Author: Susan Milbrath
Publisher: Univ of Texas Pr
Release Date: 1999
Genre: Body, Mind & Spirit
Observations of the sun, moon, planets, and stars played a central role in ancient Maya lifeways, as they do today among contemporary Maya who maintain the traditional ways. This pathfinding book reconstructs ancient Maya astronomy and cosmology through the astronomical information encoded in Precolumbian Maya art and confirmed by the current practices of living Maya peoples. Susan Milbrath opens the book with a discussion of modern Maya beliefs about astronomy, along with essential information on naked-eye observation. She devotes subsequent chapters to Precolumbian astronomical imagery, which she traces back through time, starting from the Colonial and Postclassic eras. She delves into many aspects of the Maya astronomical images, including the major astronomical gods and their associated glyphs, astronomical almanacs in the Maya codices [painted books], and changes in the imagery of the heavens over time. This investigation yields new data and a new synthesis of information about the specific astronomical events and cycles recorded in Maya art and architecture. Indeed, it constitutes the first major study of the relationship between art and astronomy in ancient Maya culture.
Author: Anthony F. Aveni
Publisher: Univ of Texas Pr
Release Date: 2001
From reviews of the first edition: ". . . a clear, well-written introduction to archaeoastronomy [that] should be on the shelf of anyone interested in the subject." -Archaeology ". . . a splendid book, interesting both as science and as history." -Sky and Telescope ". . . a well-written, stimulating, and excellently illustrated book. Buy it or borrow it!" -Archaeoastronomy Skywatchers of Ancient Mexico helped establish the field of archaeoastronomy, and it remains the standard introduction to this subject. Combining basic astronomy with archaeological and ethnological data, it presented a readable and entertaining synthesis of all that was known of ancient astronomy in the western hemisphere as of 1980. In this revised edition, Anthony Aveni draws on his own and others' discoveries of the past twenty years to bring the Skywatchers story up to the present. He offers new data and interpretations in many areas, including: The study of Mesoamerican time and calendrical systems and their unprecedented continuity in contemporary Mesoamerican culture The connections between Precolumbian religion, astrology, and scientific, quantitative astronomy The relationship between Highland Mexico and the world of the Maya and the state of Pan-American scientific practices The use of personal computer software for computing astronomical data With this updated information, Skywatchers will serve a new generation of general and scholarly readers and will be useful in courses on archaeoastronomy, astronomy, history of astronomy, history of science, anthropology, archaeology, and world religions.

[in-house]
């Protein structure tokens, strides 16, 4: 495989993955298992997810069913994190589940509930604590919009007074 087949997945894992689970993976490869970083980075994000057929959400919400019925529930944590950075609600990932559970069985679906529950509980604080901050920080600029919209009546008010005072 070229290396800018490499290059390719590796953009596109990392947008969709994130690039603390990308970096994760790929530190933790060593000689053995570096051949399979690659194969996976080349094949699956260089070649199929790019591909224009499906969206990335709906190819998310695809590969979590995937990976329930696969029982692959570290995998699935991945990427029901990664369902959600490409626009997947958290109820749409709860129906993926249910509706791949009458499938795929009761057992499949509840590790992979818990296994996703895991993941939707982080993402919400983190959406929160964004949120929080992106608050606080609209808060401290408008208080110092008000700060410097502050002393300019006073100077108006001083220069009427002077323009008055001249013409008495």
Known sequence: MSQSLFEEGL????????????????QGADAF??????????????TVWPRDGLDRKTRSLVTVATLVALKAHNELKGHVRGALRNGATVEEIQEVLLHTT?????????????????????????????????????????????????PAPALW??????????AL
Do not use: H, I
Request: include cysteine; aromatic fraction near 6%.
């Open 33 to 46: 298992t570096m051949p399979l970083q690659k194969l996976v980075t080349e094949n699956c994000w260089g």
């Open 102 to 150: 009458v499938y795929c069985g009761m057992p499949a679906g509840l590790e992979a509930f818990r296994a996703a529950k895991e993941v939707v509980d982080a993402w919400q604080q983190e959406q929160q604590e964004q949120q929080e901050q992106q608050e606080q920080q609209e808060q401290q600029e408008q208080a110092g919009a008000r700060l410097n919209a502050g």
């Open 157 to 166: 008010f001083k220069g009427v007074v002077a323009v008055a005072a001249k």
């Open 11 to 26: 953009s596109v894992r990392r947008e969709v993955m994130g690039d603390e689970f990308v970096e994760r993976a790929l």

Author: Helen Benigni
Publisher: University Press of America
Release Date: 2013-06-03
Genre: Social Science
The Mythology of Venus is a collection of essays that summarizes the archaeoastronomy, calendar associations, religious and cultural icons, and myths identified with the planet Venus. The book concentrates on Western Europe, the Mediterranean, the Near East, and the East from the Paleolithic Age to the Iron Age. It reveals the archetype of a goddess associated with the planet Venus who is identified with transformation, spiritual resurrection, and enlightenment. The characteristics of the goddess are steeped in sexual metaphors which contain images of birth and re-birth, and they reveal a pattern of symbols that follows the journey of the planet Venus through its cycles in the night sky. Moreover, the journey of Venus and the corresponding icons associated with the goddess are part of an intricate pattern of symbolic language that is seen on ancient monuments and on the ancient calendars of several cultures. Temples from France and Ireland to Greece and Malta trace the journey of the planet Venus and the story of the goddess of Venus.